Apparently stealing more than $12,700,000 [corrected sum by LIF] isn’t shameful enough,”

said Kelly White, an attorney who is representing several of Curtis’ victims.

On May 24, Despicable Utah Attorney Calvin Carl Curtis, who is also a member of the Florida Bar, submitted a request for disciplinary revocation, with the caveat he can reapply in 5 years.

Salt Lake City Estate Planning Attorney Sentenced to 97 Months in Prison and Ordered to Pay over $12.7 Million Dollars to 26 Victims

MAY 6, 2022 | REPUBLISHED BY LIT: JUN 1, 2022

FBI agents went to Curtis’ office late last month and found a $2,000 check for legal work he provided, according to the report.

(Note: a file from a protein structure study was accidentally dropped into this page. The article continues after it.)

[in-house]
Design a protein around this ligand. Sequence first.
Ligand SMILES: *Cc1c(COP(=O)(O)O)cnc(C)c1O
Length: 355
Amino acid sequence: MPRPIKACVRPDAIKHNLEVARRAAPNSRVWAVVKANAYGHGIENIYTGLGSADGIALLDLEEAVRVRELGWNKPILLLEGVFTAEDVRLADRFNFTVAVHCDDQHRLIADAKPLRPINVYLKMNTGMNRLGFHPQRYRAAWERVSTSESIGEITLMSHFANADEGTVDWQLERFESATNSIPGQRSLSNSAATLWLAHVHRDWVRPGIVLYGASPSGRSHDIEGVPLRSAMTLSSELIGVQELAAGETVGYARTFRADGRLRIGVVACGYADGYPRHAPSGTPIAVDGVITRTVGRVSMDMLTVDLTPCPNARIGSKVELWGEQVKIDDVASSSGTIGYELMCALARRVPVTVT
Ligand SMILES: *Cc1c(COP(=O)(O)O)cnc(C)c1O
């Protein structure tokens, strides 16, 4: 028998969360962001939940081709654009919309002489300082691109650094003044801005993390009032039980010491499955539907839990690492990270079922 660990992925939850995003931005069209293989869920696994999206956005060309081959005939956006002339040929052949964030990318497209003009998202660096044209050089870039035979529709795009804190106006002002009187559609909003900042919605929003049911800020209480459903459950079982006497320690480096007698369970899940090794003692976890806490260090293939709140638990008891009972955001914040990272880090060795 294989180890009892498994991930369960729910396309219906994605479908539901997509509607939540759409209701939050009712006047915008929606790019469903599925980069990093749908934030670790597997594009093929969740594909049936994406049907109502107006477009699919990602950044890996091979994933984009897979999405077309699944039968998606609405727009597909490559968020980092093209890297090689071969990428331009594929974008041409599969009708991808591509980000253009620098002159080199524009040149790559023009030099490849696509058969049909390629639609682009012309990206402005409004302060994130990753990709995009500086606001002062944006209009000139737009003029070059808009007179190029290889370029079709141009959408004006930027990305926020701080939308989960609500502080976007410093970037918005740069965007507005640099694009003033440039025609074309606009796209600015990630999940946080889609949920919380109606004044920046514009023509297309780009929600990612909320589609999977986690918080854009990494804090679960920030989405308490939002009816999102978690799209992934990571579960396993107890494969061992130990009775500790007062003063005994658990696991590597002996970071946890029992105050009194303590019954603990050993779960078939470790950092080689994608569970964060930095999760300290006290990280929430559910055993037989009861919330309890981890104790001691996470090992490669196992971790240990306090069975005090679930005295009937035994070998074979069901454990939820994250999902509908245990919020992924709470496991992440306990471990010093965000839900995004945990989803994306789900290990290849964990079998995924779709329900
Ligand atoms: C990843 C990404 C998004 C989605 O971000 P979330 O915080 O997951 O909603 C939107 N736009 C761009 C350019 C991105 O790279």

Prosecutors also asked a judge to clarify that Curtis’ restriction on performing legal work is already in effect and he should cease any work as a lawyer.

Prosecutors asked a judge to require Curtis to get a full-time job immediately.”

SALT LAKE CITY – Attorney Calvin Curtis, 61, of Salt Lake City, was sentenced to serve 97 months in federal prison by a U.S. District Court Judge today. Curtis was ordered to pay $12,779,496 in restitution to the 26 victims of his crimes and sentenced to an additional three years of supervised release upon his release from federal prison.

Curtis previously pleaded guilty in November of 2021, to embezzling millions of dollars from clients of his estate planning law firm based in Salt Lake City, known as Calvin Curtis Attorney at Law PLLC, and Curtiselderlaw.com.

By the time of his sentencing, it had been discovered that Curtis had embezzled over $12 million dollars from his former clients who prosecutors say are elderly, incapacitated, or disabled individuals.